Malaysian Regulator Cautions Airlines Seeking Government Aid

Malaysia Airlines
MAVCOM has warned against Malaysia Airlines and AirAsia pursuing a merger.
Credit: Joe Pries

The Malaysian Aviation Commission (MAVCOM) is urging aviation stakeholders to only seek financial help from Malaysia’s government “as a last resort” with fiscal resources stretched amid the COVID-19 crisis.

In a comment piece, MAVCOM said that airlines must exhaust other funding options prior to asking the government for help. The regulator reminded the industry that the main objective of the government is to maintain essential air connectivity and protect the sector’s 50,000 affected employees rather than propping up the commercial performance of airlines. 

Citing its continuous financial aid to the underperforming Malaysia Airlines as an example, it cautioned that through further bailouts the government might risk “moral hazard” and prolong inefficiencies, preventing the industry from taking “difficult but necessary measures.” MAVCOM suggested the government would have “little appetite” to aid other carriers given the poor returns on its investments in Malaysia Airlines over the years. 

MAVCOM added that it is aware of reported discussions between Malaysia Airlines and LCC AirAsia regarding a potential merger and posited that the COVID-19 pandemic might be another reason for the merger talks to proceed. Any merger must adhere to Act 771 and be approved by MAVCOM, the regulator reminded them, and cannot compromise competition in the aviation market.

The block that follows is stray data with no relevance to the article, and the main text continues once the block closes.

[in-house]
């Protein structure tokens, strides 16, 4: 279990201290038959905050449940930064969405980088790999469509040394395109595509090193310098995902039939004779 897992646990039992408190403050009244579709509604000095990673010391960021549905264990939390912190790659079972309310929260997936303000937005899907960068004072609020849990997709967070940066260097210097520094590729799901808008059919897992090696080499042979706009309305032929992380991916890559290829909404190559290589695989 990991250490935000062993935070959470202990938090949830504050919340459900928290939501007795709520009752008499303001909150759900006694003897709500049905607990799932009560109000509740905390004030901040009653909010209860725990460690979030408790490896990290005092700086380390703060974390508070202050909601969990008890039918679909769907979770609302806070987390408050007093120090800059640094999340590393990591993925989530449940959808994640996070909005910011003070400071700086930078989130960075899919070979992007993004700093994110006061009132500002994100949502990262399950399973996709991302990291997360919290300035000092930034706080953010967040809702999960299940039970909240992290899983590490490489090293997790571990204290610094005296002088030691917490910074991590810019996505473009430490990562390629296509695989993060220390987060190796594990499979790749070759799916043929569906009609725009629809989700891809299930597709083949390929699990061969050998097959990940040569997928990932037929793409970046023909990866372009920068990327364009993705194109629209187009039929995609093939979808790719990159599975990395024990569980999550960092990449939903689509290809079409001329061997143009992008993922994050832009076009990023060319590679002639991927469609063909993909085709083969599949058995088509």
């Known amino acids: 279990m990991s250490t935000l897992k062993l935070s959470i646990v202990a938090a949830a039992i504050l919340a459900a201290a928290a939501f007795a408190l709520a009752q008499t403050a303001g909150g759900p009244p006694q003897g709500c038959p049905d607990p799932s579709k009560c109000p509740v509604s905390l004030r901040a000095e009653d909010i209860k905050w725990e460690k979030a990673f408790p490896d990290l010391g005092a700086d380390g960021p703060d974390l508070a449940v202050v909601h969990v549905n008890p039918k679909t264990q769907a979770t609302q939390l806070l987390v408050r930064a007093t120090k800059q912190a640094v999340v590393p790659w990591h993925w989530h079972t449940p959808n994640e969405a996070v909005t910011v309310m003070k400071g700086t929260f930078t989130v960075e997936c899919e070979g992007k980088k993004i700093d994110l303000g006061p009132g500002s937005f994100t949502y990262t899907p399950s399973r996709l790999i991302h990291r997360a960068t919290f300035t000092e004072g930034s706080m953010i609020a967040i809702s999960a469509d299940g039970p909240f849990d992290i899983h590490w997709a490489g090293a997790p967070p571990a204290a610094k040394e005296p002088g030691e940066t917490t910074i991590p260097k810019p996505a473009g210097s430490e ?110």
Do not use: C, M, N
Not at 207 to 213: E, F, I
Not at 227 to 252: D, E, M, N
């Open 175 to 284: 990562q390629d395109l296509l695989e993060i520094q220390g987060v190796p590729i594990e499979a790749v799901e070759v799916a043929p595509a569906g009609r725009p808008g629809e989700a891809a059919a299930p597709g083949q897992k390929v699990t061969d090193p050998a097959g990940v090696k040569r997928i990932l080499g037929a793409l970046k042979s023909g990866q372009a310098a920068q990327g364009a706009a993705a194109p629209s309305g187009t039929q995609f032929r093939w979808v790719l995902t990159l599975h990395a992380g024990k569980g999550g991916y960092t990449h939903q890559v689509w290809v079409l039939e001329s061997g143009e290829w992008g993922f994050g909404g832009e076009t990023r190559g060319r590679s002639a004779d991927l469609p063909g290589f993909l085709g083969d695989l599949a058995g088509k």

MAVCOM believes a merged airline would have a monopoly over the domestic market and have undesired consequences that would distort the market in the long run, such as higher airfares, reduced frequencies and a deteriorated service. 

As an alternative, the regulator suggested the government liberalize foreign ownership rules. MAVCOM argued that “ownership liberalization is not an unusual policy response during periods of crises,” noting Malaysia had already relaxed foreign ownership in the telecommunications industry during the 1997 Asian Financial Crisis.

Citing foreign-owned flag carriers Austrian Airlines, Brussels Airlines and Swiss International Air Lines—all subsidiaries of Germany’s Lufthansa—as examples, MAVCOM said if the government adopted a similar policy, Malaysia’s aviation sector would benefit.

Liberalization “allows industry players to access a wide range of funding sources from the local and international capital markets,” MAVCOM said. “This could address both the capitalization and liquidity challenges that industry players and especially airlines are currently facing.” 

The regulator added that effective oversight would be needed should such a policy be implemented to “ensure players are not abusing their liberalization rights.”

MAVCOM estimates the country’s passenger traffic will contract between 36.2% and 38.1% in 2020, revised from the 4.6% to 5.7% growth initially expected prior to the coronavirus outbreak. Malaysia had 109.2 million passengers in 2019. That is now expected to drop to 67.7 million.

As of March 26, 7.3 million seats had been canceled by Malaysian carriers so far. A further 6.7 million seats to the country had been scrapped by foreign carriers. Both numbers accounted for 8.6% and 24.5% of planned 2020 capacity respectively.

Chen Chuanren

Based in Singapore, Chen Chuanren is the Southeast Asia and China Correspondent for Air Transport World, joining the team in July 2018.